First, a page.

That rings true in how the ecosystem of healthcare has evolved: It used to be that your academic accolades and quality outcomes drove how patients found you, but now, patients have become consumers, and they're demanding changes to the healthcare experience. The roles have transformed — and this is a very physician-centric view — from the provider dictating the level of care to, now, the experience and outcomes are directly related to the way healthcare is not just delivered, but how it is felt by patients and, most importantly, how you meet them where they need to be. 

I just finished my year in review report, including what I expected to set forth in 2019 and what 2019 would look like. My goals were to "TIE" it all together, with TIE meaning transparency, interoperability and efficiency. I'm happy to say that in this 12-month period, with the help of so many, we were able to leverage innovation tools to achieve those goals.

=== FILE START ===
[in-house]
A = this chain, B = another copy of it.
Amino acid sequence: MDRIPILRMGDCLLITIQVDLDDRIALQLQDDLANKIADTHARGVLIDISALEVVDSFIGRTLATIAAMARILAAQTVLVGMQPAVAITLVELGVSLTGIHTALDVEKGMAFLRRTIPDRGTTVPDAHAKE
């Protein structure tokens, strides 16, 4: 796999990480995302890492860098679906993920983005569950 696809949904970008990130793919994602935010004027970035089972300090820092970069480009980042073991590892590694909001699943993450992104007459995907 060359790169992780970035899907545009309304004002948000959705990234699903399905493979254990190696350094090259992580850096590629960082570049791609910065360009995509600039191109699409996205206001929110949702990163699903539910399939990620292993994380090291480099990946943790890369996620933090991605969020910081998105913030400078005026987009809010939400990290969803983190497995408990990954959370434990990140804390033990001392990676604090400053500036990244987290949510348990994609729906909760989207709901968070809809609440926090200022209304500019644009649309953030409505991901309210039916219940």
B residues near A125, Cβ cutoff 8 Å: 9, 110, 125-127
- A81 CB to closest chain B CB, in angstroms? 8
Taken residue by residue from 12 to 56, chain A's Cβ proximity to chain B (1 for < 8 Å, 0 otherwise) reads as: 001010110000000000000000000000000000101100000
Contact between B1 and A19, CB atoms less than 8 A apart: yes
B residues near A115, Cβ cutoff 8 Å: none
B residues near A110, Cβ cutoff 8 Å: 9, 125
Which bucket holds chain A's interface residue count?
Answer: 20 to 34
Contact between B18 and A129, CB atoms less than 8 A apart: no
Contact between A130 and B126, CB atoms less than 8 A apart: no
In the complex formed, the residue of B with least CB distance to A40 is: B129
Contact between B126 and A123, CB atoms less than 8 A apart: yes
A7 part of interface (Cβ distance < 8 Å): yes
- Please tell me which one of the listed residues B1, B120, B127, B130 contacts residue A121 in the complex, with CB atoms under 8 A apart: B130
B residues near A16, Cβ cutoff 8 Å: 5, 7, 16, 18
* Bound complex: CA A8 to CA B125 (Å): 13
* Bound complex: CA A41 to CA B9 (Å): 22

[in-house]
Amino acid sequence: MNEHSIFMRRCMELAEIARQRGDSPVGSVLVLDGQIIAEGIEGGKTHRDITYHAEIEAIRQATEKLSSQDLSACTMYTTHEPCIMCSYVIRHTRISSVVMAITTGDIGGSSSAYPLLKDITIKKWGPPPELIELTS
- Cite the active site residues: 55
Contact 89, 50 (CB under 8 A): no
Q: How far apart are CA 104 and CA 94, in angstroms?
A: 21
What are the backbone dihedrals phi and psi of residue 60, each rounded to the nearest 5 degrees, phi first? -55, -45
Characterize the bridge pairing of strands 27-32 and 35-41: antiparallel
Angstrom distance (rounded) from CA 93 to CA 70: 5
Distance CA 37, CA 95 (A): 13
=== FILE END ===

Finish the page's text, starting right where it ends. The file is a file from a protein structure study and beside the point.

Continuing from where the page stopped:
But being innovative doesn't mean just coming up with a new widget. In 2020, that TIE philosophy continues, but it now stands for transformation, innovation and evolution. We want to be transformational and innovative, and you must be prepared to evolve. That's the beauty of my organization — that we take the opportunity to shift our culture to where we can engage with patients in real-time, invite convenience and improve experience without ever sacrificing outcomes. From our CEO down, our fundamentals never shift. We focus on fundamentals and intersect innovative tools and technology into those to yield a better experience and outcome for our patients. So, we're changing the way we deliver the same care in a different way for those who may need it, in the time when they need it.

Q: Looking even further ahead, what do you think are going to be some of the biggest trends in health IT over the next decade?